Backtracking: The Early Years: N. Otsego entered 1931 with resolutions to consider

Mark SimonsonShown in December is the Fly Creek Grange Hall on Cemetery Road. It was the destination of a New Year’s Day hike from Cooperstown for a dinner.

Cooperstown area residents started out their new year of 1931 in a variety of ways.

As The Oneonta Star reported on Jan. 1, “Nineteen hundred thirty-one was ushered in … with the usual number of social festivities, in which a large number of Cooperstownians, and holiday visitors participated. As usual there was a midnight picture in the Smalley theatre, opening at 11:30 o’clock, the program including the first showing here of the comedy drama, ‘Hook, Line and Sinker,’ and a miniature minstrel review on the stage.”

The story continued with a lengthy list of parties held at family homes and special guests around the village.

If getting more exercise happened to be someone’s New Year’s resolution, those making the pledge were in luck the next day as, “The annual community hike to Fly Creek, which takes place on New Year’s day promises to be an unprecedented success,” The Star continued. “The Out-door Sports committee of the Cooperstown Chamber of Commerce, who have the affair in charge, reported late this afternoon that they had received 160 reservations for the dinner to be served at the Grange hall by the Fly Creek Grange ladies at 12:30 o’clock. This number will be the largest that has ever been served on this annual occasion. Curtis orchestra of Richfield Springs will furnish music for the dancing before and after dinner. Those who are making the trip to Fly Creek by the hiking method are leaving the Fenimore hotel corner at 10:30 o’clock.”

If doing more singing was a resolution, local residents had a chance, as The Star reported on Jan. 13 how, “Seventy-five residents of this village and the surrounding districts have signified their interest in the organization of a community chorus, and they will meet at the Village hall Wednesday evening … for the first rehearsal in the preparation of a program for a public concert to be given during the early spring.

“The chorus is being organized and will be directed by Frederick C. Havens … whose hope it is to gather together the musical talent of the community, some of which is now latent, and develop a popular concert program within the musical appreciation of all. The only cost to those who desire to participate in the chorus work will be the purchase price of their copies of the music to be used in the concert.”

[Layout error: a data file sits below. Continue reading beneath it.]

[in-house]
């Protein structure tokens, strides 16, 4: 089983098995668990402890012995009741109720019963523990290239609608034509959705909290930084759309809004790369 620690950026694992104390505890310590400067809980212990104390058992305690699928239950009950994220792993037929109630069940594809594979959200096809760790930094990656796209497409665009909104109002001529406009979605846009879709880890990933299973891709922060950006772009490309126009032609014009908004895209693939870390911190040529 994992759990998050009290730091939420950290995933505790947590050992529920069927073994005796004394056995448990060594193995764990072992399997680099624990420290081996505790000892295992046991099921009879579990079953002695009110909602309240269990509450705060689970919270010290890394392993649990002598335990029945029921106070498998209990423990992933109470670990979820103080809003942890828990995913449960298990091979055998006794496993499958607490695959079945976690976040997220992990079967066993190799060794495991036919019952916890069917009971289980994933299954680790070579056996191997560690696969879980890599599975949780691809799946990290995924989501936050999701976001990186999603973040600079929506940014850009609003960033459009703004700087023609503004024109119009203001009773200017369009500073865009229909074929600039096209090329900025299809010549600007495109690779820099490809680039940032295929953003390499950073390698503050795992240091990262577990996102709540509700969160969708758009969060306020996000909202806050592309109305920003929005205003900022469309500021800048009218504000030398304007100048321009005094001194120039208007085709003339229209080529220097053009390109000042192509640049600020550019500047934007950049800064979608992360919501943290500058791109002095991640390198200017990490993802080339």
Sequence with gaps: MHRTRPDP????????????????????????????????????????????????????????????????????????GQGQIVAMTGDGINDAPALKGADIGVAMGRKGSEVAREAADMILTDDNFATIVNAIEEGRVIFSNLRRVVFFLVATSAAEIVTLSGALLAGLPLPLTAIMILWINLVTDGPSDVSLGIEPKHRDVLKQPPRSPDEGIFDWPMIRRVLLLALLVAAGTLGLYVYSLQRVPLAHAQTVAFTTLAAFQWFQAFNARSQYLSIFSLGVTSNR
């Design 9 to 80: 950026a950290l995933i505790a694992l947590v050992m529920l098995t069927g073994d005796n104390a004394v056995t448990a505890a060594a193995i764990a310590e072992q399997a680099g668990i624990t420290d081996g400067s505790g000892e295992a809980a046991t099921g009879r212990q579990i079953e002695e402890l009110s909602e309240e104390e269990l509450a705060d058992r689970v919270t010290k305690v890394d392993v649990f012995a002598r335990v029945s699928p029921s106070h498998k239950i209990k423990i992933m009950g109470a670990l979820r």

If becoming more involved in local life and activities was yet another resolution, such activity was encouraged at a Cooperstown Chamber of Commerce banquet, as reported in The Star’s Jan. 29 edition.

“‘I challenge every individual to take a personal part in civic life,’ said Frederick M. Snyder, of New York city, commissioner of the Press Congress of the World and nationally-known civic engineer, in addressing the members of the Cooperstown Chamber of Commerce at their annual banquet held in the Fenimore hotel … in his talk entitled ‘The Power of One in 1931.’

“In opening his remarks, the speaker first discussed the power of the single individual in the world today. He told how Stalin in Soviet Russia and Mussolini in Italy had become dictators because of their great individual power. Einstein was referred to as having enormous power in the scientific world.

“‘What a fine thing it is that he does not become a dictator, but instead is a benefactor to mankind,’ Mr. Snyder pointed out. ‘Just suppose that he were to become the Napoleon of Germany. What a dangerous man he would be. Such men as Stalin and Mussolini are dangerous and I challenge every individual to take a personal part in civic life.’

“In closing his remarks, Mr. Snyder said: ‘The are three words ending in ‘ics’ that we must all give attention. The first is economics, the science of business. The next is politics, the science of government, and we may lose our government if we don’t pay more attention to our civic duties. The last is ethics, the science of applying morality.’”

Oneonta City Historian Mark Simonson’s column appears twice weekly in The Daily Star. On Saturdays, his column focuses on the area before 1950. His Wednesday columns address local history 1950 and later. If you have feedback or ideas about the column, write to him at The Daily Star, or email him at simmark@stny.rr.com. His website is www.oneontahistorian.com. His columns can be found at www.thedailystar.com/opinion/columns/.

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